cell properties leading to malignant cell death. He has shown that midkine
activates a number of key receptors that are critical for tumour growth and
therefore inhibiting midkine and the signalling pathways downstream of these
receptors may lead to new therapies for brain tumours. In addition, he is exploring how inhibiting
midkine may overcome the resistance of tumour cells to cannabinoid treatment.
Herradon (Universidad CEU San Pablo, Madrid, Spain)
The role of pleiotrophin in addiction.
addiction is an important health and socioeconomic issue in the western world. For example alcoholism has an economic impact on the EU of ~155 billion EURO
p.a.. Professor Herradon discusses how
midkine and pleiotrophin are increased in abundance in the brains of
alcoholics, potentially having a role in protection from injury and neurotoxicty. Gonzalo also focuses on the role of midkine
and pleitrophin in addiction, particularly how mice with no midkine (knock out)
are more prone to substance addiction, and how over-expression of midkine
blocks the reward pathway of addiction.
The reward pathway is conserved in addiction to all substances making it
an ideal target for treatment.
Herradon also discusses the value of midkine and pleiotrophin as biomarkers of
addiction or addictive biological phenotypes.
Gonzalo and Dr Walton close with a discussion around PTPR zeta, one of the
identified receptors for midkine and pleitrophin, and how designing small
molecules to target PTPR zeta could be useful for treatment of addiction.
Professor Evangelia Papadimitriou (University of Patras, Patras,
Pleiotrophin and angiogenesis
Professor Papadimitriou studies
pleiotrophin, the other member of the midkine family, and has had a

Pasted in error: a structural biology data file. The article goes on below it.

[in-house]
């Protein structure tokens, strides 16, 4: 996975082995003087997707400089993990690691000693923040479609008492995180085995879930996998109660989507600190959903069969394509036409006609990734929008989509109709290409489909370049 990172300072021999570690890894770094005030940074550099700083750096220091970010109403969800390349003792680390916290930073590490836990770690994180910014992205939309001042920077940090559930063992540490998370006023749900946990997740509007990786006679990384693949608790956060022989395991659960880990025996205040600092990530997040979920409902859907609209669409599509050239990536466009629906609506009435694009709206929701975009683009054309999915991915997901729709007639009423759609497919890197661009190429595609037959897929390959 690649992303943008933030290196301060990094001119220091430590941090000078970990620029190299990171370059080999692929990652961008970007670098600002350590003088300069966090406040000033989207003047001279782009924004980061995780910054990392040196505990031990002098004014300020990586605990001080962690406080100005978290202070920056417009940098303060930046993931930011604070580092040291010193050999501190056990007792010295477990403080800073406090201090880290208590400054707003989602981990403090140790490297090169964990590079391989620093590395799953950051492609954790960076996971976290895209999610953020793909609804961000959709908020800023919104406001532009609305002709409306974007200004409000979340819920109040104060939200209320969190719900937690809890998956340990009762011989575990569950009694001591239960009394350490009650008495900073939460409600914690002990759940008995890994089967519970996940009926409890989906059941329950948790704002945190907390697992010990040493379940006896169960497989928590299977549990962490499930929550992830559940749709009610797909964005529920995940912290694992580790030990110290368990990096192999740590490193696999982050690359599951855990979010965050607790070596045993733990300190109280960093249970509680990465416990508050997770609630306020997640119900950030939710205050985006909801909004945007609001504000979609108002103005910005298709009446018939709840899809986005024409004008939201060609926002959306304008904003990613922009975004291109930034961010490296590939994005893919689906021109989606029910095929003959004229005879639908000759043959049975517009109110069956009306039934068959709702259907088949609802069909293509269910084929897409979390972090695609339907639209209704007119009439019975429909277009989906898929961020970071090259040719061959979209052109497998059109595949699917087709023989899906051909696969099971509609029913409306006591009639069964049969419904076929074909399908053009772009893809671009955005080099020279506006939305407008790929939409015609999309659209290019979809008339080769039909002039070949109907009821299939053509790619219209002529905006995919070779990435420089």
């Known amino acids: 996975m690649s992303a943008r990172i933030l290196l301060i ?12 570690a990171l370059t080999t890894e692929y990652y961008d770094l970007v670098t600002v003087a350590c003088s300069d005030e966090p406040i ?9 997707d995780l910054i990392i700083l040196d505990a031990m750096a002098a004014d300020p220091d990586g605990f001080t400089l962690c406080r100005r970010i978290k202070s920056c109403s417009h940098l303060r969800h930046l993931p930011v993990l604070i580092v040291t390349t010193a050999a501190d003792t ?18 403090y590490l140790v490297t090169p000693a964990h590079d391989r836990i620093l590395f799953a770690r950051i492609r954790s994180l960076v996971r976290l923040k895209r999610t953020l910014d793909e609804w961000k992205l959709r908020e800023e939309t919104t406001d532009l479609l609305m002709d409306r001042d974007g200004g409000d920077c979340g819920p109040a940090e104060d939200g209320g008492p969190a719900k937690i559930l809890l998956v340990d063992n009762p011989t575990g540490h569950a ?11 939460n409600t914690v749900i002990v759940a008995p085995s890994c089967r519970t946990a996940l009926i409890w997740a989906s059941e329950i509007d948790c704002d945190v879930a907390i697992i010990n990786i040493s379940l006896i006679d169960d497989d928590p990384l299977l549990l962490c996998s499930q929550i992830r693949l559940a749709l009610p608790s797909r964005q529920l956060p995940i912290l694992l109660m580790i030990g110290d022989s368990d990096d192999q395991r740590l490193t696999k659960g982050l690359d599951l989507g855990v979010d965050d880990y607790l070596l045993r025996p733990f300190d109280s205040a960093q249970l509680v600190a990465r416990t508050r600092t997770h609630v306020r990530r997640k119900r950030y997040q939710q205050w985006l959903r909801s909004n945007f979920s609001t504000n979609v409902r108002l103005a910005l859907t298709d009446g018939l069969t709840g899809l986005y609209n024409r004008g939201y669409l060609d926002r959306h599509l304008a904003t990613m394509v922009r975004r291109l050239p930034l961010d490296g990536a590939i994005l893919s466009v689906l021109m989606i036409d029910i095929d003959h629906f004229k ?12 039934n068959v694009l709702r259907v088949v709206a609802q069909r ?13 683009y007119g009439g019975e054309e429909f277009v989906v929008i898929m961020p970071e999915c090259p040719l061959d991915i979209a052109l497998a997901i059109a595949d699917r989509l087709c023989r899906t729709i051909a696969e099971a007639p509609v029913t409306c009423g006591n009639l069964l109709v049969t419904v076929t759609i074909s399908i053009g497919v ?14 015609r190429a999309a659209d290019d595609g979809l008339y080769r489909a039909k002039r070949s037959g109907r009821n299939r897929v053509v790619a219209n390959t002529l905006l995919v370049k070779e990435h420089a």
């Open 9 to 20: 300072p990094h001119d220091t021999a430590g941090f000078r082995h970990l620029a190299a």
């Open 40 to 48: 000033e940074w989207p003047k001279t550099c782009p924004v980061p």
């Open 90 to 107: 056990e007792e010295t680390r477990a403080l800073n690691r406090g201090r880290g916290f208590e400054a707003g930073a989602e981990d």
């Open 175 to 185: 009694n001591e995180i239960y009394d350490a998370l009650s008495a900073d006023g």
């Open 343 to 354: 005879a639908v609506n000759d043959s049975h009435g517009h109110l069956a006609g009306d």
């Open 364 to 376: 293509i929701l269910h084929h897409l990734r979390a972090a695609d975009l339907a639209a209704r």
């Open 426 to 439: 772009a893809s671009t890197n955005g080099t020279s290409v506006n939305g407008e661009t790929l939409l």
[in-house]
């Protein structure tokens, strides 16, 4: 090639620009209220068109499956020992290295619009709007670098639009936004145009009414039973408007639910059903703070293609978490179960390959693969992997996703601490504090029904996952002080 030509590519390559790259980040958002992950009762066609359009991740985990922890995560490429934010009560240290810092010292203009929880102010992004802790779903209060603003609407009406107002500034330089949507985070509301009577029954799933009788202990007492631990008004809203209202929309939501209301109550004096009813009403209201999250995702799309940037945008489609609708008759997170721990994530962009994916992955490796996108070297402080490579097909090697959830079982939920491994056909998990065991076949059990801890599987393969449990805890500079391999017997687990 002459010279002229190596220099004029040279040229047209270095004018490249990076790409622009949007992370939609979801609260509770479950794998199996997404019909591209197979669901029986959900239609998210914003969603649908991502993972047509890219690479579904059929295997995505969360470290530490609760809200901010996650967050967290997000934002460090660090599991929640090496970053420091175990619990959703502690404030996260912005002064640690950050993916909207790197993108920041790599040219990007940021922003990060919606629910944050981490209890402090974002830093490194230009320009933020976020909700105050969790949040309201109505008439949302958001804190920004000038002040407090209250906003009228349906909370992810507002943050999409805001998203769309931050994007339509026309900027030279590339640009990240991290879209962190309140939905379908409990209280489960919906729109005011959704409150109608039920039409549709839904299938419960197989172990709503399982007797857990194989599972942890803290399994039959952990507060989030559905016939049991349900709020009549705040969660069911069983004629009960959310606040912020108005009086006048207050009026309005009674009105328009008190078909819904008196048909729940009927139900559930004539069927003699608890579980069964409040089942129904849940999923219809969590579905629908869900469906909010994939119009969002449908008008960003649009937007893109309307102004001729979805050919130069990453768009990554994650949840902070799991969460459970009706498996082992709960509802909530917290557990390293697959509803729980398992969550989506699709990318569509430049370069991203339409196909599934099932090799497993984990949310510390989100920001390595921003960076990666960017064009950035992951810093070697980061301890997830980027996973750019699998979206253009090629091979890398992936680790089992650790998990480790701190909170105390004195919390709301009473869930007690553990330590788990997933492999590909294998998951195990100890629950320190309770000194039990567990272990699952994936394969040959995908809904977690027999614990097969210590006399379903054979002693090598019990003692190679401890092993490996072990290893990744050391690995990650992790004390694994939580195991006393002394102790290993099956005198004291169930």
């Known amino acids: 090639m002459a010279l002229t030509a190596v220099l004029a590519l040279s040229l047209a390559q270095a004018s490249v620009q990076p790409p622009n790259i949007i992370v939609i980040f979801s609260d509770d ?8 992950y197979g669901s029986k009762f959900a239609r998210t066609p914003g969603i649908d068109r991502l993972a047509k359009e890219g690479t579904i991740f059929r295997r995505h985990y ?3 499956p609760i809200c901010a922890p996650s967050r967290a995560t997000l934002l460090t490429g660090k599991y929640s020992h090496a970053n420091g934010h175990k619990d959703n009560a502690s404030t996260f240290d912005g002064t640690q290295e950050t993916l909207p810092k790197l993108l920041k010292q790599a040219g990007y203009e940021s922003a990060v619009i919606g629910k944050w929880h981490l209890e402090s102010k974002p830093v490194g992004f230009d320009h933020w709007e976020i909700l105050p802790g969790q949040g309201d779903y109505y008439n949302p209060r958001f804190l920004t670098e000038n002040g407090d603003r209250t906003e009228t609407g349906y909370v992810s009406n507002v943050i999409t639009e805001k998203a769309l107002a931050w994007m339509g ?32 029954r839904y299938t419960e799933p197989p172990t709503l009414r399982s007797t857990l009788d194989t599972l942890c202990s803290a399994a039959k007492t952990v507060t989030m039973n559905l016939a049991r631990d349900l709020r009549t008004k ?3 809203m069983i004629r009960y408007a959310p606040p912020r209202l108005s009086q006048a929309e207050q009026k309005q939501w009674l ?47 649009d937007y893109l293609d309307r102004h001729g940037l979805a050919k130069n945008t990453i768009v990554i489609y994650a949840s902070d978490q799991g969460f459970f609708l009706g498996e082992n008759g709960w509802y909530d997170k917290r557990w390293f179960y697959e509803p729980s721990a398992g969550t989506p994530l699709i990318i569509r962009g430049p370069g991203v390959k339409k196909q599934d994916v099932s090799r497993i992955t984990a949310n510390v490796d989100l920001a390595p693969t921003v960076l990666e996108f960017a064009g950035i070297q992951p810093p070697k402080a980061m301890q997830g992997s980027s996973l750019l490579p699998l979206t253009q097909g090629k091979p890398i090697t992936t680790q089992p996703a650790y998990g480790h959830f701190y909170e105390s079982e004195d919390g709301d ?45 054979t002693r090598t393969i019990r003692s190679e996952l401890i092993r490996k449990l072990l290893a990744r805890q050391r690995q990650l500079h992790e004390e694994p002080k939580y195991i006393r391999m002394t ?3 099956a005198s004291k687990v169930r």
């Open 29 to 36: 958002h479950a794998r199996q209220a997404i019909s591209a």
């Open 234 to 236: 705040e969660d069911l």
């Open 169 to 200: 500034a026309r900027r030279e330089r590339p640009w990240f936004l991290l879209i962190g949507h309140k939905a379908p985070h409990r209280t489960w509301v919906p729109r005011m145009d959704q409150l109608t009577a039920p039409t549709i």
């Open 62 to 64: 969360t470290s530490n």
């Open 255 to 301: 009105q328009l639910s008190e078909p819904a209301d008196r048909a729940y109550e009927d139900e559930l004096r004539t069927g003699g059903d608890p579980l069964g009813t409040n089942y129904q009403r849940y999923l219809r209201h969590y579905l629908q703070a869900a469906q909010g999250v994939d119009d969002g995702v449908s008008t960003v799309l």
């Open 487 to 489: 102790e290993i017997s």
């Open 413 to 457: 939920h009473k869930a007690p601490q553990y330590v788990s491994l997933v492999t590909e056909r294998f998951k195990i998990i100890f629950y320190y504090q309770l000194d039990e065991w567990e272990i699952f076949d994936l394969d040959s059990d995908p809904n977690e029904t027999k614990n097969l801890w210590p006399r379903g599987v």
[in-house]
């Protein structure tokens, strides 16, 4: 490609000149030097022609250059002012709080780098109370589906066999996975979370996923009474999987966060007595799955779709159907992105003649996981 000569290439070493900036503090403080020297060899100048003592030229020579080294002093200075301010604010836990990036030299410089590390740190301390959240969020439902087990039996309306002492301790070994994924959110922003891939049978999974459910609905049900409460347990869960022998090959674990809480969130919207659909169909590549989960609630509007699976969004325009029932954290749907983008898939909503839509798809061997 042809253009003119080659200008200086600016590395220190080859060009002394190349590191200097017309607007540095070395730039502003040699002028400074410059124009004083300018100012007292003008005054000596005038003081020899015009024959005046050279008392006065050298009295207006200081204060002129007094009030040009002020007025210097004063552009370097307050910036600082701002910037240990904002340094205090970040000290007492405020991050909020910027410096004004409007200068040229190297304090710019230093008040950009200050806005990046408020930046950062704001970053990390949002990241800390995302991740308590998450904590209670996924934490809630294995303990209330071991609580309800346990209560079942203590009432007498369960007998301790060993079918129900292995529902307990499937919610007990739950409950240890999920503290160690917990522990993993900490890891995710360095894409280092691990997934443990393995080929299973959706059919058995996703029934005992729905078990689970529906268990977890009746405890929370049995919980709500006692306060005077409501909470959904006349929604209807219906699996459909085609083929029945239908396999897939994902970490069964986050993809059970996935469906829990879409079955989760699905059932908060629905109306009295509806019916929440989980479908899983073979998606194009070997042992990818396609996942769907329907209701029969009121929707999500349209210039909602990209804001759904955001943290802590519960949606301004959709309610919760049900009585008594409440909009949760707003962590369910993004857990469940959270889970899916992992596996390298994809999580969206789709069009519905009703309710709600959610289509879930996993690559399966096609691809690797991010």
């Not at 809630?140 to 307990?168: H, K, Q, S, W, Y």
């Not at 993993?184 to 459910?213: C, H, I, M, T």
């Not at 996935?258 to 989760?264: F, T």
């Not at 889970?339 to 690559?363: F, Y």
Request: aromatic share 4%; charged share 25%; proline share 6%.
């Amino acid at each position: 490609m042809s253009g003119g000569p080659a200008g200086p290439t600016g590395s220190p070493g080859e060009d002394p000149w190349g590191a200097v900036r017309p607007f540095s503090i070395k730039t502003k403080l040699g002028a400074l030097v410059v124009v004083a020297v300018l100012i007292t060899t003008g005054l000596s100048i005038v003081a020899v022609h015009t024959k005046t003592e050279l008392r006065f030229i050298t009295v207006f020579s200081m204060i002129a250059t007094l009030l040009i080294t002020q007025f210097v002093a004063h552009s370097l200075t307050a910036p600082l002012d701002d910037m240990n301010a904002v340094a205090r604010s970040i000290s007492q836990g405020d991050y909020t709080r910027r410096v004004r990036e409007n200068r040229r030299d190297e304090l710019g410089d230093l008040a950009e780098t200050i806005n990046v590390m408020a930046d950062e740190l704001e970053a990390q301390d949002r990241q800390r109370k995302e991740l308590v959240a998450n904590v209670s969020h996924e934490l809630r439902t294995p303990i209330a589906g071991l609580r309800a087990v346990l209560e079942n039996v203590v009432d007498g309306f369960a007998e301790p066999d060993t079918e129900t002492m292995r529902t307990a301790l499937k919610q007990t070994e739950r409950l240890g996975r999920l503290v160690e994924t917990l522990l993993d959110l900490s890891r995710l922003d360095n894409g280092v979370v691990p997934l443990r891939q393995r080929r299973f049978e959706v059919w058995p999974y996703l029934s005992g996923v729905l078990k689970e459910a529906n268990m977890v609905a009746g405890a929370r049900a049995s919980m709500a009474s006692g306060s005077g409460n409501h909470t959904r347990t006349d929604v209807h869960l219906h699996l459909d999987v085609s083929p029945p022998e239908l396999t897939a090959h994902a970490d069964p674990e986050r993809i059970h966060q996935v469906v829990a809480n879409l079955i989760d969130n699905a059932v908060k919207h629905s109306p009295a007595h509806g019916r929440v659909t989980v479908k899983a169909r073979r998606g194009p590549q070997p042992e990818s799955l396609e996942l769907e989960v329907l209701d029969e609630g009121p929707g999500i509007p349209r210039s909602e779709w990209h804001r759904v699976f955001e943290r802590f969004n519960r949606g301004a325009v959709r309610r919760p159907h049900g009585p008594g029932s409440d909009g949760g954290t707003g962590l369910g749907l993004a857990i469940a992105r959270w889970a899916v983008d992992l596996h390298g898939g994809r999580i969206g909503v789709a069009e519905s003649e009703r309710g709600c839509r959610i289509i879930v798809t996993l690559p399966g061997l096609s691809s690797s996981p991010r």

long-standing interest in its role in the process of creating new blood vessels
called angiogenesis. She has made important contributions to the field with
many novel findings about how pleiotrophin can control angiogenesis. These
discoveries are particularly important to cancer biology as angiogenesis
permits tumours to keep malignant cells supplied with blood. She describes how
pleiotrophin modulates the behaviour of one of the key angiogenic pathways
called VEGF that is the target of new targeted drug therapies for many tumour
types. She found that pleiotrophin may be involved in the lack of response or
resistance to VEGF-based drugs, highlighting the potential for blocking
pleiotrophin as a new anti-cancer strategy.
Assistant Professor Esther Gramage (University CEU
San Pablo, Madrid, Spain)
Midkine in neural regeneration
fish are a very useful biological model to study regeneration, and Dr Gramage
is making use of this model to study neural regeneration after retinal
injury. In particular, Dr Gramage
discusses the up-regulation of midkine expression following neural damage. Midkine plays a key role in early neural
regeneration from glial cells and differentiation into neurons, highlighted by
the findings that MK gene silencing prevents neural regeneration. Esther and Dr Walton also discuss the search for the receptors involved in the regenerative
process and the potential to move away from zebrafish and into mammalian models
Professor Richard Barker, Founding Director of the Centre
for the Advancement of Sustainable Medical Innovation (Oxford, UK); Chairman of
the UK Precision Medicine Catapult; Board member of several Biotechs (eg
– lost in translation? How precision medicine is closing the innovation gap.
this interview Professor Barker provides his insights and recommendation for
how to promote the translation of medical research and innovation for advancing
more drugs into the clinic and especially for patient benefit. He describes how
there has been an exponential explosion in life sciences discoveries that
appears to represent rapid progress, but that have actually resulted in only
limited numbers of drugs reaching the clinic. He points out that out of the 2
million biomedical research papers published per year, only 40-50 new drugs are
approved. To overcome this disappointing fall off rate he suggests that
precision medicine is the solution for improving the translation of research
discoveries to successful drugs entering widespread clinical use. In his
recently published book Professor Barker identifies 7 current gaps in the
process of translational medicine and advocates a number of developmental and
regulatory processes to bridge this innovation gap. He sees a lot of
encouragement in exciting new therapies that incorporate precision medicine
with a better understanding of pathogenic mechanisms to account for the
specific needs of patients at different stages of their disease journey.